The juxtaposition that characterizes the end of Todd Helton‘s career has bludgeoned us all over the head in the last few days.
On Saturday he tossed out three hits and was a key contributor in a game that looked to put the Rockies’ offense back on track. It seemed perfectly reasonable to think that showing would translate into a stretch of healthy offense as the team continued its home stand.
On Monday night Helton looked a tick behind, showing his age in a manner that makes us all sad. That resulted in three strikeouts from the king of the foul ball, the wizard of the two-strike count, the all-timer who is supposed to only whiff on the rarest of rare occasions. I will never, ever get used to the visual of Helton striking out.
On Tuesday the juxtaposition played out in a single game. The real Toddfather (looking at you, Reds fans) blasted a second deck home run on an inside fastball from young stud Jose Fernandez. He followed that moment of glory by striking out with two in scoring position in the 4th inning and then popping out meekly to end the game when he represented the tying run in the bottom of the 9th.
Loyal as we all are, from fans to coaches to the front office, and much as we will always revere Todd Helton, the fact is that the Rockies are not getting enough production from first base. Jordan Pacheco has been a spectacular disaster as a platoon-mate with Helton, meaning that the Rockies could seriously use an upgrade at that spot.
Here is an idea of how bad things have gotten: Helton is batting .265/.343/.392. He has seven home runs and 32 RBI. His OPS is .736.
Helton’s wRC+ (weighted runs created plus) is 90, with the league average being set at 100. Among first baseman, that puts him somewhere among the ranks of Mark Reynolds (93) and Carlos Pena (88); the latter was recently designated for assignment by the Astros.
Pacheco’s fall from grace has been catastrophic. His lack of power probably means he never profiled as a first baseman, but he was still a competent hitter in 2012. In 505 plate appearances Pacheco batted .309/.341/.421. At the very least it was reasonable to think that Pacheco was a competent big league hitter. This year he is batting .231/.271/.302, with one home run and 17 RBI. As a platoon player he is not exactly an ideal option, as he is batting .183 against left-handed pitching.
Seriously…production from first base is sorely lacking.
One option, one that would not involve a trade, would be to increase Cuddyer’s playing time at first and seek an offensive upgrade via a different outfielder. This option provides some less appealing but also less awkward options, such as Charlie Blackmon (who has come on as of late) or Xavier Nady (.266/.324/.359 with no home runs so far in Triple-A). This would also potentially be a path to give Corey Dickerson a second shot at consistent Major League production with more playing time.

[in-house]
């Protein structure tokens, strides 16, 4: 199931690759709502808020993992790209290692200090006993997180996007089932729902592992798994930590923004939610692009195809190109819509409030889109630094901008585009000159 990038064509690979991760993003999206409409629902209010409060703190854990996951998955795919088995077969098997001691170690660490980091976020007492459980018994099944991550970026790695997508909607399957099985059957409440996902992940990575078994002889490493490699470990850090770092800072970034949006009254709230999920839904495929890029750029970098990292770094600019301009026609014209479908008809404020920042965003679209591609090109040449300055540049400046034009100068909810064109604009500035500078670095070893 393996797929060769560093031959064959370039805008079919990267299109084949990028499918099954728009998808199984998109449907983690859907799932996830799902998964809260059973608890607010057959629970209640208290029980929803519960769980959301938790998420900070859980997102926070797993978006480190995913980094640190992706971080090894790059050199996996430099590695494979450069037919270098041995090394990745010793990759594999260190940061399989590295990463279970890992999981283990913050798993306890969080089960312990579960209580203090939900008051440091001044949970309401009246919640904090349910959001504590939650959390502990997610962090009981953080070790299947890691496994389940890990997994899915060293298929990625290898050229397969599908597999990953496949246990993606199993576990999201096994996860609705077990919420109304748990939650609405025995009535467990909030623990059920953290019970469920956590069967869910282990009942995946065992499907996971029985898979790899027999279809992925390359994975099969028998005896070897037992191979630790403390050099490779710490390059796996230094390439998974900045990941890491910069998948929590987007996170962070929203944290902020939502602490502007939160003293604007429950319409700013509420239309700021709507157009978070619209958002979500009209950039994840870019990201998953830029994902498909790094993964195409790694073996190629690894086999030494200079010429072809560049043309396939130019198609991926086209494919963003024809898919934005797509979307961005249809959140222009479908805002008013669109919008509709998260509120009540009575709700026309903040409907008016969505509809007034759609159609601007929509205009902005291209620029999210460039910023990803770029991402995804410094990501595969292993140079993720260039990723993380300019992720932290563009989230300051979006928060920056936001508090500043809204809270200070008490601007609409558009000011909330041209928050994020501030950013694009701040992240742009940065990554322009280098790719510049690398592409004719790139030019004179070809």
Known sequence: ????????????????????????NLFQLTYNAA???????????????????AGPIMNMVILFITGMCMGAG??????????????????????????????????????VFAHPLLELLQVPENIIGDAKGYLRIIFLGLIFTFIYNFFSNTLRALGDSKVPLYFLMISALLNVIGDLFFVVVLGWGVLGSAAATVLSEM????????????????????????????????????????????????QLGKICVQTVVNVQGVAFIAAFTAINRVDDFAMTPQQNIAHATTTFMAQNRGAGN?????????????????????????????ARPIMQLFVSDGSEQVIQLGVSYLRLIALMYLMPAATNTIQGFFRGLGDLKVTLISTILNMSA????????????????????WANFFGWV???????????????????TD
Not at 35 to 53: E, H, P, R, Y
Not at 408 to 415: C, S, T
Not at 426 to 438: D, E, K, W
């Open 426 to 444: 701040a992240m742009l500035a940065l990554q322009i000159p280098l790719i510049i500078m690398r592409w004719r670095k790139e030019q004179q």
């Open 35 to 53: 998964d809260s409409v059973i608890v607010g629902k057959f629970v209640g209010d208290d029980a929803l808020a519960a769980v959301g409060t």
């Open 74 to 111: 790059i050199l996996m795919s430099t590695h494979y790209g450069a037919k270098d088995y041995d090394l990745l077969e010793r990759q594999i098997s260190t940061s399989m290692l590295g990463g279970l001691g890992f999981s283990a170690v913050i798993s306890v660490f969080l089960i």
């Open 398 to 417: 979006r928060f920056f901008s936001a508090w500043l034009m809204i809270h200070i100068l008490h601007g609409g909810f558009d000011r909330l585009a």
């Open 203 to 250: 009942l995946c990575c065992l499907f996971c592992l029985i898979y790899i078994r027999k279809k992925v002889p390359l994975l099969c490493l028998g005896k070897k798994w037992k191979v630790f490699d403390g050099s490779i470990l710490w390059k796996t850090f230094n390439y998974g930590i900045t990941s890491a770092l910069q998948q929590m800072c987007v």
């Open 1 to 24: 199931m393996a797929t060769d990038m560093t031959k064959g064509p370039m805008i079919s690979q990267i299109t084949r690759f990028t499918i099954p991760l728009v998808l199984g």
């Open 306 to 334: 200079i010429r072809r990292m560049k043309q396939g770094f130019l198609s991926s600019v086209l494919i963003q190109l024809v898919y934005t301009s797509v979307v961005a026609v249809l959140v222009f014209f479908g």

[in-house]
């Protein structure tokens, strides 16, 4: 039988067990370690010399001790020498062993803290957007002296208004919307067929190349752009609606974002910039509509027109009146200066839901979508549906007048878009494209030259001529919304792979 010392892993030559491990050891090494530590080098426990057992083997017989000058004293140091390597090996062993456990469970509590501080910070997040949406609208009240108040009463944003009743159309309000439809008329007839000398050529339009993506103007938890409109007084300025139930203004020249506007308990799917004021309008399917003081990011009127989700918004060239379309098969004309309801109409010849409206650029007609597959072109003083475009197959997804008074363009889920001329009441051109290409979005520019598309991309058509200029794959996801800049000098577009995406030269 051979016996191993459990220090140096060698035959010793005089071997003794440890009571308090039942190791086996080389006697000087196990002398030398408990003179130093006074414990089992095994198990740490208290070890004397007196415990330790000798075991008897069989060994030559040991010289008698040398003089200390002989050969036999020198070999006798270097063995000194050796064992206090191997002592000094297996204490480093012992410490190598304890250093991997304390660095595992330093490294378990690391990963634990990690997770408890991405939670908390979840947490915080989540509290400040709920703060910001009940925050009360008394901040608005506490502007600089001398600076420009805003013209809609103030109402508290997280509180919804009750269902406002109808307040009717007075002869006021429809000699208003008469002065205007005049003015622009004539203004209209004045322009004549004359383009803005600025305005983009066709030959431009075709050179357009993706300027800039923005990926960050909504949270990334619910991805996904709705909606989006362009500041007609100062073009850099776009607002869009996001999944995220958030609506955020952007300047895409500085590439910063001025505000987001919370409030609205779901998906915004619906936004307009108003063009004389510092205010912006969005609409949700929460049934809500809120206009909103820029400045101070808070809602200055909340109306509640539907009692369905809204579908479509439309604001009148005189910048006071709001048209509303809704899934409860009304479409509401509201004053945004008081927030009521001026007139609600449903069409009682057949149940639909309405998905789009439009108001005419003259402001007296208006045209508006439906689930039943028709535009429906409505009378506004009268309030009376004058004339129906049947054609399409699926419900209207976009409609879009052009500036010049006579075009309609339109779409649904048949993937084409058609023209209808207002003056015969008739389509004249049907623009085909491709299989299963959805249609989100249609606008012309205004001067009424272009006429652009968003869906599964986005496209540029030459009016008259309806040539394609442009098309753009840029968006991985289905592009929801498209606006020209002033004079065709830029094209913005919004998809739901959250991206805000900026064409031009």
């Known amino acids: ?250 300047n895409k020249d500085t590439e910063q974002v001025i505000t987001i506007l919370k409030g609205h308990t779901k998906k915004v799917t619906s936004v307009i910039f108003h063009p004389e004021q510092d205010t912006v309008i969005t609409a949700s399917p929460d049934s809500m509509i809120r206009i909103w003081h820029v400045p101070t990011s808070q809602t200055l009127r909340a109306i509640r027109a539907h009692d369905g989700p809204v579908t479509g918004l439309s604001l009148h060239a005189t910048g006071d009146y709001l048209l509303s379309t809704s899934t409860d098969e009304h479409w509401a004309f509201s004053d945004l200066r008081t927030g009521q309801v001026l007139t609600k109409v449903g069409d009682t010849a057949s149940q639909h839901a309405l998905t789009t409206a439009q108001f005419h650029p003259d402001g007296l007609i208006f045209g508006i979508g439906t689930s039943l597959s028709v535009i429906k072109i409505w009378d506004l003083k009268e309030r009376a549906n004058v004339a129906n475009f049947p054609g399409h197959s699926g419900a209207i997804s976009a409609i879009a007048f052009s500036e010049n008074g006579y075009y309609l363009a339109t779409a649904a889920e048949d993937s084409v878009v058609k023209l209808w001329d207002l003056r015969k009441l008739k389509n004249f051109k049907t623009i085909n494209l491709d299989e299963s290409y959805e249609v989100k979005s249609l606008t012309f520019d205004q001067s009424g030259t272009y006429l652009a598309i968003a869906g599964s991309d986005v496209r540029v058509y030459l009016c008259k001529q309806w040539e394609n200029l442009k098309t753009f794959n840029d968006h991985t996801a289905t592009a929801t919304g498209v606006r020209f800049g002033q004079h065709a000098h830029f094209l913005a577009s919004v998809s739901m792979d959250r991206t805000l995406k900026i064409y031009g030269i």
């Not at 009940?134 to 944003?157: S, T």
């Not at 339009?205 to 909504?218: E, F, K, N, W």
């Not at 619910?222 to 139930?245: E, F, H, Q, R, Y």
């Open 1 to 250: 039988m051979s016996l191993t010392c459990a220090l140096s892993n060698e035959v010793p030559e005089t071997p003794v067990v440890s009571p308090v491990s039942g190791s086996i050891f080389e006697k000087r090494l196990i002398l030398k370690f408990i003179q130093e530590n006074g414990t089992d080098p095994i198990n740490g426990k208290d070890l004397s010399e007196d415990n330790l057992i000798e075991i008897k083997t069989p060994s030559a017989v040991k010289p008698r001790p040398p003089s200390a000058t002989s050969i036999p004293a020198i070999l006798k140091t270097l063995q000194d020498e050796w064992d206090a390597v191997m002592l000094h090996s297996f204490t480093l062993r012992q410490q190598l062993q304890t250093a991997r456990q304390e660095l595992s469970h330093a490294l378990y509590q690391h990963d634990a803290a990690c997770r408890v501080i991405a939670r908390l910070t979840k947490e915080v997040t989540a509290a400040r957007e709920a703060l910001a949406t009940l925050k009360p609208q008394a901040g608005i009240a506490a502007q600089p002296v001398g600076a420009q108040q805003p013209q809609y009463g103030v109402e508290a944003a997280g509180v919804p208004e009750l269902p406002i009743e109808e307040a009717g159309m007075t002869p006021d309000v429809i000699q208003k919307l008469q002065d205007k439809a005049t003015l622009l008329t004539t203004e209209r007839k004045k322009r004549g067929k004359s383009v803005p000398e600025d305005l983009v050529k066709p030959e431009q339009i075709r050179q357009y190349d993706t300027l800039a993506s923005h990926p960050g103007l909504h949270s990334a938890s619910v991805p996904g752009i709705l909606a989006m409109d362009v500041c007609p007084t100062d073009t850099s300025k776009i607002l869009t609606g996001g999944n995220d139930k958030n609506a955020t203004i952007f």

The team could also conceivably try to trade for outfield pop, but I have a hard time envisioning that scenario given the fact that we recently thought the team had too many outfielders.
Would the Rockies ever dream of trying to trade for a first baseman? A guy who would actually be acquired specifically to take playing time from Helton and relegate him to a true back-up role? Jonah Keri wondered about this alternative for the Rockies about one month ago. He wrote:
But a more likely scenario (assuming the Rockies stay in the race) would involve a trade, maybe something like acquiring Adam LaRoche from the Nats if the rumors that Washington might want to buy and sell at that position at the same time are true.”
LaRoche is batting .247/.329/.421 on the year with 13 home runs and 43 RBI. However it is hard to imagine the Nationals giving up any offensive firepower, seeing as they are sorely lacking in that department and apparently remain convinced they are contenders this season.
There would be an upgrade in power there, but not much else. That kind of acquisition is probably better suited for a proven contender, as opposed to a flailing contender such as the Rockies are these days.
Justin Morneau? Cuddy’s former teammate might be available. He is batting a solid .273/.331/.405 with a meek seven home runs and 52 RBI. In his case, presumably a move away from Target Field would result in an increase in power numbers. It is unclear what it might take the Rockies to get him and he is a free agent at season’s end.
For me it is impossible to imagine this kind of trade because of the respect the franchise has for Helton. For better or for worse, the Rockies know about loyalty. To trade for LaRoche or Morneau would be to trade for a slightly better version of the player Helton is in his old age. I just think the Rockies would never do that, even if they were in first place right now.
It might be tempting to disparage that loyal line of thinking, but remember for a moment all of the seasons Helton suffered through as the only star on teams full of duds. After all of that and all of the time Helton has given us as a classy face of the franchise, maybe a more fitting way to handle this unfortunate dilemma is to make subtle changes in-house.
But if that is the way the Rockies will go, they need to upgrade the other half of the platoon and they need to do it like, right away. Among their many problems on offense, the lack of production from first base ranks near the top of the list. Subtle or not, they need to implement a plan to try and change that.